DOCTOR'S VIEWS ARCHIVE


Topic: Hepatitis C, June 2000

Dr. Lee:
What treatments are available to date for Hepatitis C?

Dr. Edward Block:
Well, there are now several treatments available. The initial medication that was first released for treatment of hepatitis C was interferon. Interferon is an injectable agent that was initially recommended to use for Hepatitis C patients. Unfortunately, the success rate was somewhat limited.

Fortunately, over the last several years we have been able to introduce a second drug, which is known as ribavirin (an antiviral drug). We have found that this drug used alone was actually not terribly beneficial, but when given in combination with interferon the two together seemed to have better efficacy than interferon alone in eradicating the Hepatitis C virus.

Dr. Lee:
So now we have two treatments, one is interferon, alone. And, the other treatment is interferon in combination with oral ribavirin, correct?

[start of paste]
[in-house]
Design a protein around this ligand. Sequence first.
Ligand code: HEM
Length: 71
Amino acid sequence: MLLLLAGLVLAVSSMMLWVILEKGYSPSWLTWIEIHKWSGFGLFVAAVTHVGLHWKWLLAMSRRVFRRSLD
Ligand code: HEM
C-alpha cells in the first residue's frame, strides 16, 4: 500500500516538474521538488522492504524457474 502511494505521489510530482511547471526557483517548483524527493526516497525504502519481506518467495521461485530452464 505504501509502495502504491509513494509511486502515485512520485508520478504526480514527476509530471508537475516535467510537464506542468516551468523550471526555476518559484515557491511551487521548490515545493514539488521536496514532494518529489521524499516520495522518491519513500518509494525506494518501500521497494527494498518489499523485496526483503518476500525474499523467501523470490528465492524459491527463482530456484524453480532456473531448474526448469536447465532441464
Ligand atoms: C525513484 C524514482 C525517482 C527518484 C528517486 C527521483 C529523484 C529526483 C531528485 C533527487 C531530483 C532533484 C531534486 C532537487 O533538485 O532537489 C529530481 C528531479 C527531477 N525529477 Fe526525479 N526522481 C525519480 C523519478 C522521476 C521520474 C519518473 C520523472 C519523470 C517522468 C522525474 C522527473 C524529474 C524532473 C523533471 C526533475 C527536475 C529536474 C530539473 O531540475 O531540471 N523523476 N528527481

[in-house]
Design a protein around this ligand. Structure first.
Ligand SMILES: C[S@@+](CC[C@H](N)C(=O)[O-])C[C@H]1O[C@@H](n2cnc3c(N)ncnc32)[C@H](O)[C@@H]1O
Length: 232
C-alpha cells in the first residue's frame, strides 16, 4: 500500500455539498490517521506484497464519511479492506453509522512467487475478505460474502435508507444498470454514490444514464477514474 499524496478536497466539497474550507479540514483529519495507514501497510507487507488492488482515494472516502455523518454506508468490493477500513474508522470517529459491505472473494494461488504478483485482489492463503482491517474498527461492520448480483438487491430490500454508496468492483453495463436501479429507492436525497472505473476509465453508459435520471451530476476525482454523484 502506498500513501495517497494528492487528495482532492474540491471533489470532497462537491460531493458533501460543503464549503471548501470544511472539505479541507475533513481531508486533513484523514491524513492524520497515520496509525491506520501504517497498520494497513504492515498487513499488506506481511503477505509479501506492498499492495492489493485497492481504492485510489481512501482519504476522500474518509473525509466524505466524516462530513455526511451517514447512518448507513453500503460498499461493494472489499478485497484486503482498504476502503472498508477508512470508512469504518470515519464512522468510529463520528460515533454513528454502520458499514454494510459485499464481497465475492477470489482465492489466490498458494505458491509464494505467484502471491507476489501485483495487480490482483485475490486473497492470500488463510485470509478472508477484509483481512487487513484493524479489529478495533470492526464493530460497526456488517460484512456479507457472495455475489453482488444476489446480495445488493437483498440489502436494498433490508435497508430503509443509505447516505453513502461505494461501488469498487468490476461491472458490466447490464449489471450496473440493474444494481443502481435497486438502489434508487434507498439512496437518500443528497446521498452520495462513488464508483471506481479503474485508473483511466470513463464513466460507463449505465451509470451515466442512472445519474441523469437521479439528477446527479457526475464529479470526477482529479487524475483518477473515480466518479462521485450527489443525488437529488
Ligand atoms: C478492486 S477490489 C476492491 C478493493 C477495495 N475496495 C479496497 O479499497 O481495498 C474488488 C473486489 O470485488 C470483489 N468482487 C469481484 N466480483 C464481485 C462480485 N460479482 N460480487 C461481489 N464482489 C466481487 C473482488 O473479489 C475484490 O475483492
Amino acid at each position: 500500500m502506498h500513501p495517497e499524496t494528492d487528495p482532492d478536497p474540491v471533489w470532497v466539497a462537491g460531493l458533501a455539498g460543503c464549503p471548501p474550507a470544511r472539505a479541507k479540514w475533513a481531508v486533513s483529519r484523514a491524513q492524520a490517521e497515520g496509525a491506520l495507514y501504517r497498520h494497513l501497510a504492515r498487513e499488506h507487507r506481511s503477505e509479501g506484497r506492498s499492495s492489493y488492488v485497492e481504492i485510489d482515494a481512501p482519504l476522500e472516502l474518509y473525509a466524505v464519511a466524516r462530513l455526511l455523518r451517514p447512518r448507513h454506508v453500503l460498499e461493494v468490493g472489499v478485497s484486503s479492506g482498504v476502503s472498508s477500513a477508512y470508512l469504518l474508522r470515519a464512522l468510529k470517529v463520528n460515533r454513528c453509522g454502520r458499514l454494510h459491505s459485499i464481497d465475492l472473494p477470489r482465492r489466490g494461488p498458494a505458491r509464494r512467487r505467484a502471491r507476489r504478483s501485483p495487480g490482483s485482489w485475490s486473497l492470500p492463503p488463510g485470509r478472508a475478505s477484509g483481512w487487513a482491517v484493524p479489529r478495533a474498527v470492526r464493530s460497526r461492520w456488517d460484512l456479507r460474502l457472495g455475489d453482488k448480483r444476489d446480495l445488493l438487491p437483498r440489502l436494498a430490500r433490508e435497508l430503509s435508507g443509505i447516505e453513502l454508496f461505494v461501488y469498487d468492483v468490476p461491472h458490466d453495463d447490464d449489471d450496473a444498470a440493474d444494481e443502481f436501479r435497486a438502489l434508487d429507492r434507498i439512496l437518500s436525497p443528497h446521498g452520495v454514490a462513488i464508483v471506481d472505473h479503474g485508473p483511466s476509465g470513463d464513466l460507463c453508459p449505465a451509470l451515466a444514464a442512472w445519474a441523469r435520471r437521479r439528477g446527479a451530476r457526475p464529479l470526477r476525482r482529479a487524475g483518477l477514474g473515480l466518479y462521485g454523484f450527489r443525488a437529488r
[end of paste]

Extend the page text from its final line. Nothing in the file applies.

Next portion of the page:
Dr. Edward Block:
Yes.

Dr. Lee:
Let's have a discussion on what constitutes treatment success?

Dr. Edward Block:
Well, what we would like to see is complete eradication of the Hepatitis C virus. We use the Hepatitis C RNA test to detect the virus in the blood of an individual. Failure to detect Hepatitis C RNA in a patient six months after stopping treatment likely indicates virus eradication. So, 6 months following treatment, Hepatitis C RNA test is repeated. Treatment success would be defined as the disappearance of the Hepatitis C RNA in the blood of the treated individual.

Dr. Lee:
Also, in that patient other liver tests such as SGOT (ALT) and SGPT (AST) will also have returned to normal with successful treatment, am I correct?

Dr. Edward Block:
Yes that is correct. Although we would prefer to use the disappearance of Hepatitis C RNA from the blood as the 'gold standard' of determining treatment success. Because in some individuals, SGOT and SGPT can go up and down, independent of the presence or absence of the virus.